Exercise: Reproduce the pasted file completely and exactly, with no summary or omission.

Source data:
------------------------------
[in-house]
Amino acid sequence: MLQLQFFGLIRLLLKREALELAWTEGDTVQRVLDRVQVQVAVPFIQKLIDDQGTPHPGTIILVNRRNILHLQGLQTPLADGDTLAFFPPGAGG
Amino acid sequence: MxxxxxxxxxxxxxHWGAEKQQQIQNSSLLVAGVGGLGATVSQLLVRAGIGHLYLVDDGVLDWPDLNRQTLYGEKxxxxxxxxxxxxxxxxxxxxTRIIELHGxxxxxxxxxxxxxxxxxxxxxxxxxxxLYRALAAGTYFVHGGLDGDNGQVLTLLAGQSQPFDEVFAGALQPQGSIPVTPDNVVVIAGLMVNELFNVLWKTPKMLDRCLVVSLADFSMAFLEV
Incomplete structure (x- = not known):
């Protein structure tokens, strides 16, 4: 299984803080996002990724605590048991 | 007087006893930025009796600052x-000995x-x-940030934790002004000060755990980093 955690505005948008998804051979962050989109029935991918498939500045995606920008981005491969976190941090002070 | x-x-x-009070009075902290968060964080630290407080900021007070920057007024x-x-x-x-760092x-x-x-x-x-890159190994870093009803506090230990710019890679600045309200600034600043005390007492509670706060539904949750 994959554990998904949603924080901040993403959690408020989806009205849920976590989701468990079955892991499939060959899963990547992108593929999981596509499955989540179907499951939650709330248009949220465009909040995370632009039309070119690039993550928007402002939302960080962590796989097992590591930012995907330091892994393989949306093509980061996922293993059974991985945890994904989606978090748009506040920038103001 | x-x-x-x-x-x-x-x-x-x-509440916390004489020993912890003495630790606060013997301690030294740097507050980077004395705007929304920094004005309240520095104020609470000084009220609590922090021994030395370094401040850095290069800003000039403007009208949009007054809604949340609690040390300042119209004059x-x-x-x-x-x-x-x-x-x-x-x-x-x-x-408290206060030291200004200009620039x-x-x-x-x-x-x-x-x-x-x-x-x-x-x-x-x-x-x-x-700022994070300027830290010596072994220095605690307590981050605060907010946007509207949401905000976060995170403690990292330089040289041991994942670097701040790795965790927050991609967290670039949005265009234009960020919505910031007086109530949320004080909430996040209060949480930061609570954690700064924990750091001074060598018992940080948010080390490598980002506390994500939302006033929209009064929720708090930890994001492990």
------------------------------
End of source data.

[in-house]
Amino acid sequence: MLQLQFFGLIRLLLKREALELAWTEGDTVQRVLDRVQVQVAVPFIQKLIDDQGTPHPGTIILVNRRNILHLQGLQTPLADGDTLAFFPPGAGG
Amino acid sequence: MxxxxxxxxxxxxxHWGAEKQQQIQNSSLLVAGVGGLGATVSQLLVRAGIGHLYLVDDGVLDWPDLNRQTLYGEKxxxxxxxxxxxxxxxxxxxxTRIIELHGxxxxxxxxxxxxxxxxxxxxxxxxxxxLYRALAAGTYFVHGGLDGDNGQVLTLLAGQSQPFDEVFAGALQPQGSIPVTPDNVVVIAGLMVNELFNVLWKTPKMLDRCLVVSLADFSMAFLEV
Incomplete structure (x- = not known):
């Protein structure tokens, strides 16, 4: 299984803080996002990724605590048991 | 007087006893930025009796600052x-000995x-x-940030934790002004000060755990980093 955690505005948008998804051979962050989109029935991918498939500045995606920008981005491969976190941090002070 | x-x-x-009070009075902290968060964080630290407080900021007070920057007024x-x-x-x-760092x-x-x-x-x-890159190994870093009803506090230990710019890679600045309200600034600043005390007492509670706060539904949750 994959554990998904949603924080901040993403959690408020989806009205849920976590989701468990079955892991499939060959899963990547992108593929999981596509499955989540179907499951939650709330248009949220465009909040995370632009039309070119690039993550928007402002939302960080962590796989097992590591930012995907330091892994393989949306093509980061996922293993059974991985945890994904989606978090748009506040920038103001 | x-x-x-x-x-x-x-x-x-x-509440916390004489020993912890003495630790606060013997301690030294740097507050980077004395705007929304920094004005309240520095104020609470000084009220609590922090021994030395370094401040850095290069800003000039403007009208949009007054809604949340609690040390300042119209004059x-x-x-x-x-x-x-x-x-x-x-x-x-x-x-408290206060030291200004200009620039x-x-x-x-x-x-x-x-x-x-x-x-x-x-x-x-x-x-x-x-700022994070300027830290010596072994220095605690307590981050605060907010946007509207949401905000976060995170403690990292330089040289041991994942670097701040790795965790927050991609967290670039949005265009234009960020919505910031007086109530949320004080909430996040209060949480930061609570954690700064924990750091001074060598018992940080948010080390490598980002506390994500939302006033929209009064929720708090930890994001492990």